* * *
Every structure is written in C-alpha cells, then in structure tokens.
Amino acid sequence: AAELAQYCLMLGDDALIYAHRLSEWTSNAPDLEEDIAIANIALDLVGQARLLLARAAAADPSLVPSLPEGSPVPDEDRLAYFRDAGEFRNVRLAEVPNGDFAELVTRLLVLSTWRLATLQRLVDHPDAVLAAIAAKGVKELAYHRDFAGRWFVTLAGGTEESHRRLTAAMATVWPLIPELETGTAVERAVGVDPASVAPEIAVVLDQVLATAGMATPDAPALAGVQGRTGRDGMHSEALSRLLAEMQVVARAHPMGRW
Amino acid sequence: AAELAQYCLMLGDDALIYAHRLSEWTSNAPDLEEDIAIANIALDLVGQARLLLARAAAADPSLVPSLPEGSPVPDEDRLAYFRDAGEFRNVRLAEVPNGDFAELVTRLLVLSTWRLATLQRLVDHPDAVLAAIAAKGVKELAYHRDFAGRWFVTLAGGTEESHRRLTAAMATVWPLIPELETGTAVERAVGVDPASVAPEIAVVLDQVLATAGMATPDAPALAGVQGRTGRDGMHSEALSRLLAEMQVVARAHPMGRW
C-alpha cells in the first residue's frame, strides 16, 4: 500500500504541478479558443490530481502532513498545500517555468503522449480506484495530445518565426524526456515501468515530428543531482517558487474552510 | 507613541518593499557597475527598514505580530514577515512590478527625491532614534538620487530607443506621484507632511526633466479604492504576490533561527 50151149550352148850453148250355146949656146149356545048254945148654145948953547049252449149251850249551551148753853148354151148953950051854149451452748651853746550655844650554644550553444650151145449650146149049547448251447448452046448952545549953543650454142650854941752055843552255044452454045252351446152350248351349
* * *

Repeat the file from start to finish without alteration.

Every structure is written in C-alpha cells, then in structure tokens.
Amino acid sequence: AAELAQYCLMLGDDALIYAHRLSEWTSNAPDLEEDIAIANIALDLVGQARLLLARAAAADPSLVPSLPEGSPVPDEDRLAYFRDAGEFRNVRLAEVPNGDFAELVTRLLVLSTWRLATLQRLVDHPDAVLAAIAAKGVKELAYHRDFAGRWFVTLAGGTEESHRRLTAAMATVWPLIPELETGTAVERAVGVDPASVAPEIAVVLDQVLATAGMATPDAPALAGVQGRTGRDGMHSEALSRLLAEMQVVARAHPMGRW
Amino acid sequence: AAELAQYCLMLGDDALIYAHRLSEWTSNAPDLEEDIAIANIALDLVGQARLLLARAAAADPSLVPSLPEGSPVPDEDRLAYFRDAGEFRNVRLAEVPNGDFAELVTRLLVLSTWRLATLQRLVDHPDAVLAAIAAKGVKELAYHRDFAGRWFVTLAGGTEESHRRLTAAMATVWPLIPELETGTAVERAVGVDPASVAPEIAVVLDQVLATAGMATPDAPALAGVQGRTGRDGMHSEALSRLLAEMQVVARAHPMGRW
C-alpha cells in the first residue's frame, strides 16, 4: 500500500504541478479558443490530481502532513498545500517555468503522449480506484495530445518565426524526456515501468515530428543531482517558487474552510 | 507613541518593499557597475527598514505580530514577515512590478527625491532614534538620487530607443506621484507632511526633466479604492504576490533561527 50151149550352148850453148250355146949656146149356545048254945148654145948953547049252449149251850249551551148753853148354151148953950051854149451452748651853746550655844650554644550553444650151145449650146149049547448251447448452046448952545549953543650454142650854941752055843552255044452454045252351446152350248351349